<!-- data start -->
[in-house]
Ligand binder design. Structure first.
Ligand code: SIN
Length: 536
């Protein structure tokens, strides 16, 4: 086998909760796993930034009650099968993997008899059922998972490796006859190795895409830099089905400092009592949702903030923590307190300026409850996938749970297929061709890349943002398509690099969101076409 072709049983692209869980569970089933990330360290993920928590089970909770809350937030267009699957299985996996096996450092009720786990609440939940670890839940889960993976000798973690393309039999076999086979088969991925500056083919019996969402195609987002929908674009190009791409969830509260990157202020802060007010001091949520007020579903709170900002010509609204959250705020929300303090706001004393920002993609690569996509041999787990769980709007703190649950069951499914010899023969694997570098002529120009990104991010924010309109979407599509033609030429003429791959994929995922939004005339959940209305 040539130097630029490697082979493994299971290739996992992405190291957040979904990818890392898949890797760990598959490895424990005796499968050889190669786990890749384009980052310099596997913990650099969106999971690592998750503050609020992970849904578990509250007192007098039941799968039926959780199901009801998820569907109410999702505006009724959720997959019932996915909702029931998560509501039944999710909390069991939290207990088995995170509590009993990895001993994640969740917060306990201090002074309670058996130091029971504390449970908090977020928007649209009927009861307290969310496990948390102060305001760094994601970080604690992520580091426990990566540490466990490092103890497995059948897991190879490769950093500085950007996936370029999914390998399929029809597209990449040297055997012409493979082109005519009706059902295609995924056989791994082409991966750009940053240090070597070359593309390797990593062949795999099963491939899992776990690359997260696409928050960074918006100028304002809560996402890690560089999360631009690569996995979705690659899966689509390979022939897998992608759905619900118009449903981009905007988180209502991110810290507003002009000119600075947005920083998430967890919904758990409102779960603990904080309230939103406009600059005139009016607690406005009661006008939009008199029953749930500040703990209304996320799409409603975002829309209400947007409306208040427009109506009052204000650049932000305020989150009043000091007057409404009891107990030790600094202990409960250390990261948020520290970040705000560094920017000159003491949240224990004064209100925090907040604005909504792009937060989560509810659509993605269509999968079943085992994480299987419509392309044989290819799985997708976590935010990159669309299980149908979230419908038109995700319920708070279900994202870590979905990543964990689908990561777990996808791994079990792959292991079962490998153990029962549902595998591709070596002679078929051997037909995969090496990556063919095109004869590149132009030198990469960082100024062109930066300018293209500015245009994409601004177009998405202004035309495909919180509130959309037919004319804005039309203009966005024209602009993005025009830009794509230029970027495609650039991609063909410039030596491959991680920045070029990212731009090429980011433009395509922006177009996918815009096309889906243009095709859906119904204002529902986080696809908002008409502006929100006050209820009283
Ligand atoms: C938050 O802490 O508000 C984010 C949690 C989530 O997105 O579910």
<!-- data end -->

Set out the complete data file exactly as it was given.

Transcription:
[in-house]
Ligand binder design. Structure first.
Ligand code: SIN
Length: 536
């Protein structure tokens, strides 16, 4: 086998909760796993930034009650099968993997008899059922998972490796006859190795895409830099089905400092009592949702903030923590307190300026409850996938749970297929061709890349943002398509690099969101076409 072709049983692209869980569970089933990330360290993920928590089970909770809350937030267009699957299985996996096996450092009720786990609440939940670890839940889960993976000798973690393309039999076999086979088969991925500056083919019996969402195609987002929908674009190009791409969830509260990157202020802060007010001091949520007020579903709170900002010509609204959250705020929300303090706001004393920002993609690569996509041999787990769980709007703190649950069951499914010899023969694997570098002529120009990104991010924010309109979407599509033609030429003429791959994929995922939004005339959940209305 040539130097630029490697082979493994299971290739996992992405190291957040979904990818890392898949890797760990598959490895424990005796499968050889190669786990890749384009980052310099596997913990650099969106999971690592998750503050609020992970849904578990509250007192007098039941799968039926959780199901009801998820569907109410999702505006009724959720997959019932996915909702029931998560509501039944999710909390069991939290207990088995995170509590009993990895001993994640969740917060306990201090002074309670058996130091029971504390449970908090977020928007649209009927009861307290969310496990948390102060305001760094994601970080604690992520580091426990990566540490466990490092103890497995059948897991190879490769950093500085950007996936370029999914390998399929029809597209990449040297055997012409493979082109005519009706059902295609995924056989791994082409991966750009940053240090070597070359593309390797990593062949795999099963491939899992776990690359997260696409928050960074918006100028304002809560996402890690560089999360631009690569996995979705690659899966689509390979022939897998992608759905619900118009449903981009905007988180209502991110810290507003002009000119600075947005920083998430967890919904758990409102779960603990904080309230939103406009600059005139009016607690406005009661006008939009008199029953749930500040703990209304996320799409409603975002829309209400947007409306208040427009109506009052204000650049932000305020989150009043000091007057409404009891107990030790600094202990409960250390990261948020520290970040705000560094920017000159003491949240224990004064209100925090907040604005909504792009937060989560509810659509993605269509999968079943085992994480299987419509392309044989290819799985997708976590935010990159669309299980149908979230419908038109995700319920708070279900994202870590979905990543964990689908990561777990996808791994079990792959292991079962490998153990029962549902595998591709070596002679078929051997037909995969090496990556063919095109004869590149132009030198990469960082100024062109930066300018293209500015245009994409601004177009998405202004035309495909919180509130959309037919004319804005039309203009966005024209602009993005025009830009794509230029970027495609650039991609063909410039030596491959991680920045070029990212731009090429980011433009395509922006177009996918815009096309889906243009095709859906119904204002529902986080696809908002008409502006929100006050209820009283
Ligand atoms: C938050 O802490 O508000 C984010 C949690 C989530 O997105 O579910």